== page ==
If we jettison assumption 1, and adopt a ‘no-truths-at-all’ interpretation, considering Wittgenstein to be self-consciously producing an incoherent text with the aim to do ‘something other’ than communicate truths. The Tractatus’s inability to be a source of propositional knowledge actually supports a reading of Wittgenstein’s intent being to bring us into acquaintance with the mystical. Consequently it is contended that Wittgenstein is aware that the theory of meaning outlined in the Tractatus is incoherent, and that it should be abandoned. This provides a means of understanding how the incoherence of the Tractatus is supposed to be elucidatory; in leaving us with a feeling of the worlds limits that amounts to acquaintance with the boundaries of ‘sense’.

What the ‘something other’ than communicating truths is, is elucidated through understanding the saying/showing distinction. Wittgenstein remarks “my work consists of two parts; that presented here plus all I have not written. It is this second part that is important.[2]  This second part, not written, seems to refer to something which cannot be said but only shown. In referring to the Tractatus’s propositions Wittgenstein says one must “surmount these propositions and see the world rightly” (TLP6.54) indicating again that the Tractatus intends not to convey propositional truths but to have the reader adopt another perspective on life altogether; mysticism. Mysticism provides the link with what cannot be expressed but only shown “there is indeed the inexpressible, this shows itself; it is what is mystical” (TLP6.5222).  ‘Showing’ seems inextricably linked with an experience, ‘seeing the world rightly’ (TLP6.54). And on a mystical reading this is fitting as where analytic philosophy aims to produce propositions, which can be assessed for truth, mysticism involves having a mystical experience which ‘shows’ you how things are, acquaints us with the limits of the world (TLP6.45).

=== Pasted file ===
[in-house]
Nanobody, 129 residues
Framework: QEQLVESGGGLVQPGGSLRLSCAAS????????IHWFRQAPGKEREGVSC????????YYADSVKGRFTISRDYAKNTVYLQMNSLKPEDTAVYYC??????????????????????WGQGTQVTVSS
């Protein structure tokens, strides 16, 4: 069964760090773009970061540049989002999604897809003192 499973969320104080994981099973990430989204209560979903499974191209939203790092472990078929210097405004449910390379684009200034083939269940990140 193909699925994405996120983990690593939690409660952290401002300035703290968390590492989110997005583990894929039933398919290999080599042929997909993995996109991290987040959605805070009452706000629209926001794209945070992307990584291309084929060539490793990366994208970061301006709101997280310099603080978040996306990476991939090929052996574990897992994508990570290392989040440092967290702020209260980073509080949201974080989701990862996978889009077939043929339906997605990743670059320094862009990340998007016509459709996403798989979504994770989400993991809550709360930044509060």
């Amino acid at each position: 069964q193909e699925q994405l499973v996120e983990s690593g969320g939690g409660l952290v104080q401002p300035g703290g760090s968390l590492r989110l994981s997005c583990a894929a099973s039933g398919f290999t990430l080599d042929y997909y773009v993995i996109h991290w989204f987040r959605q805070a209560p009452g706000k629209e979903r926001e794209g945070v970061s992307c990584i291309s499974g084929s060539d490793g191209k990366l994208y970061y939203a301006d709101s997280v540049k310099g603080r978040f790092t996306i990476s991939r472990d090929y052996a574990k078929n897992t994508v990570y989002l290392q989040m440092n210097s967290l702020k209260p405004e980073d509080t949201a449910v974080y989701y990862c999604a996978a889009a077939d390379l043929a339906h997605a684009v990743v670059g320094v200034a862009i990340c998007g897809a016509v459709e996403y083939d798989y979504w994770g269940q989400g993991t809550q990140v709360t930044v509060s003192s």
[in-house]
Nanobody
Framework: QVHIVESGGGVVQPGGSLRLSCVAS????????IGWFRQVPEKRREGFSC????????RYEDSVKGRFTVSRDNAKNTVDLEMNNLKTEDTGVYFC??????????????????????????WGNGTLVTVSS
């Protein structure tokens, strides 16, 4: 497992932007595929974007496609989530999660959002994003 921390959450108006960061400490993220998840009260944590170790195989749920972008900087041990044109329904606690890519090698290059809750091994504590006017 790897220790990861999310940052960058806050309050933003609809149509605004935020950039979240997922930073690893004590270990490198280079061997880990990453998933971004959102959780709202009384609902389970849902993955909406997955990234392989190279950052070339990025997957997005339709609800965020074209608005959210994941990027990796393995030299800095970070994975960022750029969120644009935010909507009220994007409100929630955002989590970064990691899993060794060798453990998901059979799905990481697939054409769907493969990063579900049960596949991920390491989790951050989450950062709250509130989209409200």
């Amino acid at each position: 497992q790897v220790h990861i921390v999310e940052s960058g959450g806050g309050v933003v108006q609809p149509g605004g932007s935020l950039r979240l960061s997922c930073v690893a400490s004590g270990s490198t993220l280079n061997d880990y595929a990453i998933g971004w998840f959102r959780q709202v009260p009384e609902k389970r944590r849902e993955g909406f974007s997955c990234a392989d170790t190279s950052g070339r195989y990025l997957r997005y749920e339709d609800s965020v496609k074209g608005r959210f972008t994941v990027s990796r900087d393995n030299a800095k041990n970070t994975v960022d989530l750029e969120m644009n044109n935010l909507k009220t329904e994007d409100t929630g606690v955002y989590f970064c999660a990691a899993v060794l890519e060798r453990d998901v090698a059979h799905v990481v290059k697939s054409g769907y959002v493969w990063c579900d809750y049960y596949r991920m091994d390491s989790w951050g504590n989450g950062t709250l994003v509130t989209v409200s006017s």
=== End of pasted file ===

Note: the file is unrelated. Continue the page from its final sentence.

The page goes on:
One may object; asking how can we justify rejecting assumption (1); that Wittgenstein himself claimed that the truths communicated in the Tractatus were ‘unassailable and definitive’?  I argue there are reasonable grounds for disregarding (1),  given Wittgenstein wrote this as a preface to the book, he could hardly declare that the whole book and the preface is nonsensical, given he intends the readers to adopt the philosophical perspective espoused in order to later abandon it in recognising its incoherence. And if you don’t find this compelling, it can instead be argued that there is a sense in which the truth of the Tractatus’s propositions are definitive; as in Wittgenstein’s view the truths of the Tractatus cannot be undermined except by means of the incoherence which renders all philosophy incoherent, the limit of all philosophy.

Outlining the mystical ‘project’ of the Tractatus

Having argued for a mystical interpretation of the Tractatus I should spell out exactly what this mystical project amounts to.  A clear way to structure this ‘mystical project’ is to describe how these beliefs can all emerge from a single ‘mystical experiential’ realm, and how these are characteristic of ‘genuine mystical experiences.’ Russel’s four characteristics of the mystics ‘beliefs’ in ‘mysticism and logic’[3] provide a good starting point.